February 17, 2012
Best Law Schools for Bar Exam Preparation
National Jurist, Best Schools for Bar Exam Preparation:
To identify the schools that are outperforming what their LSAT scores predict, The National Jurist did a statistical analysis using incoming LSAT scores and bar pass rate ratios. We created a polynomial model using each school's LSAT at the 25th percentile for 2010 (to account for the students most likely to fail the bar exam), and the ratio of graduates who passed the bar exam compared to the state average for 2009 and 2010. The result is a clear curve. We then computed the difference between the average pass rate ratio and what the curve would predict for each school and computed a probability distribution to determine the most extreme deviations.
- Wake Forest
- North Carolina Central
- U. Washington
- Wayne State
- George Washington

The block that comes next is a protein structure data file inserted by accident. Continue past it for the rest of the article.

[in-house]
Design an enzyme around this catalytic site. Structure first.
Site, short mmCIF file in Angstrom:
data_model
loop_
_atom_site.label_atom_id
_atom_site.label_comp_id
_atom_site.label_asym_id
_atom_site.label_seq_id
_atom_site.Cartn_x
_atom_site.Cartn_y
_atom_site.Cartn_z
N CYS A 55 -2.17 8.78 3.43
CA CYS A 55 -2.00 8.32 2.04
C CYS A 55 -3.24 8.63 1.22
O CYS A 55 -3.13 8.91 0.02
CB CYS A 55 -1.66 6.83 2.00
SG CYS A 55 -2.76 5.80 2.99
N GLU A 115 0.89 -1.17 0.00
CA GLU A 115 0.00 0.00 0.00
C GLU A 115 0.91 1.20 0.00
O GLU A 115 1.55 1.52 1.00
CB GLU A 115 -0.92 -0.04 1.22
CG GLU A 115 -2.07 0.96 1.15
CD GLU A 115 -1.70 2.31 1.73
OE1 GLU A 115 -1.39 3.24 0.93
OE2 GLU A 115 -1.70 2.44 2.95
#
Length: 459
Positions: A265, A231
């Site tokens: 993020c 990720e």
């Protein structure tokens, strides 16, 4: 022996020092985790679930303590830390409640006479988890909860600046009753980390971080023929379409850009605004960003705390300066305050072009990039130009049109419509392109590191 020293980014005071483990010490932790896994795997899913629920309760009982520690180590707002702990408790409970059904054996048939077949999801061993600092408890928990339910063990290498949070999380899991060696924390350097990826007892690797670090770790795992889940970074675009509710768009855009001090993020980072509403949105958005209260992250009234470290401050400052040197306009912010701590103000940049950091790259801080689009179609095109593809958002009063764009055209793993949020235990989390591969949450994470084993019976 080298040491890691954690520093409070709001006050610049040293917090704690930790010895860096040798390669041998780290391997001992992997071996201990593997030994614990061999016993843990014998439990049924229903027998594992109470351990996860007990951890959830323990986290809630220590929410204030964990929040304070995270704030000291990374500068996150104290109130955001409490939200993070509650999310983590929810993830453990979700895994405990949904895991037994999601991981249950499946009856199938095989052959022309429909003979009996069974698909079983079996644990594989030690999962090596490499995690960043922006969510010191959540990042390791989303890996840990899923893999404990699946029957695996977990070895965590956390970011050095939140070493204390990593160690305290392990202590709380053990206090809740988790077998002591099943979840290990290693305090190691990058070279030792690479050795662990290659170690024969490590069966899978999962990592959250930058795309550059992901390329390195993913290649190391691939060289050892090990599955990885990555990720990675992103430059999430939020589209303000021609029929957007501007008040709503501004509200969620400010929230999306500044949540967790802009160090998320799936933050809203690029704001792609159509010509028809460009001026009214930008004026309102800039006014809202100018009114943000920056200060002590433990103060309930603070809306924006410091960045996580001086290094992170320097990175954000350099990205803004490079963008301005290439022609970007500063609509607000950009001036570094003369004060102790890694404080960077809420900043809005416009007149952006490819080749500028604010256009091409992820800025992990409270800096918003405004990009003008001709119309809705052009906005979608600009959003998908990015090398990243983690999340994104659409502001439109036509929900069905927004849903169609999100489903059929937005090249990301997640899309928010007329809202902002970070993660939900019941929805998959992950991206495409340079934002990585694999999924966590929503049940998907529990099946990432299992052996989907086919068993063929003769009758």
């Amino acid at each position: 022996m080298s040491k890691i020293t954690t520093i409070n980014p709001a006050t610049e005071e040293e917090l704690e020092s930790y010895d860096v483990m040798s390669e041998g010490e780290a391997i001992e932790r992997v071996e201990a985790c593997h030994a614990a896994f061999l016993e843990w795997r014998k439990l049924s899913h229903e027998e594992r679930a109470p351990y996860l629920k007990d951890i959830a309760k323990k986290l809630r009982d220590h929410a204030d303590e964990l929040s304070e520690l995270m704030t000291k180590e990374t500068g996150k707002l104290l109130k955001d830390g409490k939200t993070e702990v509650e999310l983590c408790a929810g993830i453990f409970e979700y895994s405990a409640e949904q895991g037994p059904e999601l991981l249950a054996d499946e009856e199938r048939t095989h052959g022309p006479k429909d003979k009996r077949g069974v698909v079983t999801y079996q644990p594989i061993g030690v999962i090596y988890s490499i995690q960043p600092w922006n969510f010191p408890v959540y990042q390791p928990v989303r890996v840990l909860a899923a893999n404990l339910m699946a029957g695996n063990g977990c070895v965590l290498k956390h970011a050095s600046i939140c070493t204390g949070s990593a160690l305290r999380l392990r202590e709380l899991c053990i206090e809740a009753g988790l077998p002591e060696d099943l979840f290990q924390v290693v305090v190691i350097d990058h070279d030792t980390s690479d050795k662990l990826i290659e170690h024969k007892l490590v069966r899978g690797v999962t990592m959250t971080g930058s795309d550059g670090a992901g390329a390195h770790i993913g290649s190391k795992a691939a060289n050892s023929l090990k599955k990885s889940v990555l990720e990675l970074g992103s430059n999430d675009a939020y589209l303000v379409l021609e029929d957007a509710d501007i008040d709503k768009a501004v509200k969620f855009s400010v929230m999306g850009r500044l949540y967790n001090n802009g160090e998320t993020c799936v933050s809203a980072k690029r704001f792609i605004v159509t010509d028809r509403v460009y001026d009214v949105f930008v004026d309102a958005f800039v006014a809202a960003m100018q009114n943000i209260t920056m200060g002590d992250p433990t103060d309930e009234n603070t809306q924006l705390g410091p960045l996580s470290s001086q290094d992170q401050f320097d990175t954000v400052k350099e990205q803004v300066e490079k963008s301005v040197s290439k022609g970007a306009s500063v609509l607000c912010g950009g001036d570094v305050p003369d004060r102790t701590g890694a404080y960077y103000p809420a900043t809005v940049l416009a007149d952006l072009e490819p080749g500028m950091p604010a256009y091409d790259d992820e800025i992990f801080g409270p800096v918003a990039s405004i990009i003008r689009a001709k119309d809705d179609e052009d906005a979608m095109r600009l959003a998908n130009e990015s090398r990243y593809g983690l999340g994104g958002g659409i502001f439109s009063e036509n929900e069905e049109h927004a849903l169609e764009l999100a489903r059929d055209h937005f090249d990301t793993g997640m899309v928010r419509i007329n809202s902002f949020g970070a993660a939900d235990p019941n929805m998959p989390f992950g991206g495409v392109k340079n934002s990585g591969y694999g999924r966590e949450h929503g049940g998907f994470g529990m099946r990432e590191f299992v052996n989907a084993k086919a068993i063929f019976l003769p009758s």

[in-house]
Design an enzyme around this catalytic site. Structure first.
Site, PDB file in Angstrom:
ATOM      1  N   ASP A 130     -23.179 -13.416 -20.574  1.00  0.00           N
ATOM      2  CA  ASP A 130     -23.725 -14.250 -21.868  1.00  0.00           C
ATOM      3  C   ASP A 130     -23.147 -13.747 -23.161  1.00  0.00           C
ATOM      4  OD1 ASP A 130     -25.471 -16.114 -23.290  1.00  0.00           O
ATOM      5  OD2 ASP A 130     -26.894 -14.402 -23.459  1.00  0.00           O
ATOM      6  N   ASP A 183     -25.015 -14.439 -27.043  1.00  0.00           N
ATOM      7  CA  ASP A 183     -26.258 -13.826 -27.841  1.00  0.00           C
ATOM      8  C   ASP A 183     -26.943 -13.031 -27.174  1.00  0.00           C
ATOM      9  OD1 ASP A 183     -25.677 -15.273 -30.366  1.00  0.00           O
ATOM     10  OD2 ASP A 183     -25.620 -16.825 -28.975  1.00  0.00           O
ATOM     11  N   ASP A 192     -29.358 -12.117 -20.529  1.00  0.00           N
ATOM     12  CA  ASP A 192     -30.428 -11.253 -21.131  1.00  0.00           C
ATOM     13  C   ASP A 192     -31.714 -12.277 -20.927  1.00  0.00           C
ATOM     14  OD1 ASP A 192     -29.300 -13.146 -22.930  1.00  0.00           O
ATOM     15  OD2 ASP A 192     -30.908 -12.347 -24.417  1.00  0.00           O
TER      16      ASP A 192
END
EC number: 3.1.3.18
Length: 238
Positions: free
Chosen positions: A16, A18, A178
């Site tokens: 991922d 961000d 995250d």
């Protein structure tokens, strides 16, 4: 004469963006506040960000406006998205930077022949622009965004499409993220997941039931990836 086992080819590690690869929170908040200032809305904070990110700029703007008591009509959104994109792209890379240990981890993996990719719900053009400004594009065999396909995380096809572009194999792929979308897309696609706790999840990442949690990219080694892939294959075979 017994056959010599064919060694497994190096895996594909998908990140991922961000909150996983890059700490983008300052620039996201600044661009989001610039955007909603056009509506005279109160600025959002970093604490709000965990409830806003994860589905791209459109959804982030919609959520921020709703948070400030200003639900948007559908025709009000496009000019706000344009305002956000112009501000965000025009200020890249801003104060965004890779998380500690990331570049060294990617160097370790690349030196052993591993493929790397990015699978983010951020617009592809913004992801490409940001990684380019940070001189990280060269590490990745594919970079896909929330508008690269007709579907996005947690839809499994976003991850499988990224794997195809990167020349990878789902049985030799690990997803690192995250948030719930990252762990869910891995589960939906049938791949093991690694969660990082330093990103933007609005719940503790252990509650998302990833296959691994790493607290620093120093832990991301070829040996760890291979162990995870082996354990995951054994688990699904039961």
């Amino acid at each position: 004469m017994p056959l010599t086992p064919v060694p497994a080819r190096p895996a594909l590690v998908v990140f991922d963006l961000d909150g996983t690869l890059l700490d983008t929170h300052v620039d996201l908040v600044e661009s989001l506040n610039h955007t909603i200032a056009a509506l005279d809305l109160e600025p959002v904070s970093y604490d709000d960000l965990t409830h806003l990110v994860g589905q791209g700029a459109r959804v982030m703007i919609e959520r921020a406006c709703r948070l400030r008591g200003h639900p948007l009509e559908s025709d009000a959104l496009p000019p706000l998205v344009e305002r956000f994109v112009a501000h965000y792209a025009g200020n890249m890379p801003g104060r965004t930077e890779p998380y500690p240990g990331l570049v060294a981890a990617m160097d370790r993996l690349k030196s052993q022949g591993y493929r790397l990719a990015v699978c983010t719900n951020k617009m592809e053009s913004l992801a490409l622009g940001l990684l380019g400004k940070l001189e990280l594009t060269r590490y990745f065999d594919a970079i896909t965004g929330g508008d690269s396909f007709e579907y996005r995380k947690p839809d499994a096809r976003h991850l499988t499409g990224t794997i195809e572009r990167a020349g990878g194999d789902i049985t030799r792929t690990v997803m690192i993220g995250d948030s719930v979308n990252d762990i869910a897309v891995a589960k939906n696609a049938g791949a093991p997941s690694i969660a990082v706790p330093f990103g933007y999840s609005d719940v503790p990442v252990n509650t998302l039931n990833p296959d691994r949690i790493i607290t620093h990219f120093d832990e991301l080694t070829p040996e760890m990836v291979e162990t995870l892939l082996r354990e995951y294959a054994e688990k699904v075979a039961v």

- Florida Coastal
- California Western
- North Carolina
- South Carolina
- Florida International
- South Dakota
- George Mason
- San Francisco
- William & Mary
- Texas Tech
- Seton Hall
- Mississippi College
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I just wanted to point out that the data for Marquette and Wisconsin may be skewed. Graduates from both law schools are automatically admitted to the Wisconsin Bar (as long as there are no skeletons in their closets for character and fitness purposes) via diploma privilege.
Posted by: Clay Matthews, Esq. | Feb 17, 2012 6:16:18 PM
And if you adjusted for tuition charges, you would have a pretty good shopping list for law schools.
Posted by: Erik | Feb 21, 2012 3:55:35 PM
I'll be sure to pick up the issue of the National Jurist. However, it looks as though the study is comparing the incoming credentials of the current students with the bar passage rate of students who took the LSAT three years earlier. Schools do experience shift in the LSAT score of the bottom quartile in the three (+) years between matriculation and sitting for a bar exam so it would be more beneficial to know if those bar exam takers outperformed their own predictors rather than the predictors of a different group of people.
Posted by: CB | Feb 21, 2012 4:04:37 PM
I agree with what Clay and Eric said. And the numbers of law aspirants are increasing day-by-day. "The result is a clear curve." - That’s not at all a good sign. Isn't it?
Posted by: Shirley Woods | Mar 7, 2012 4:53:22 AM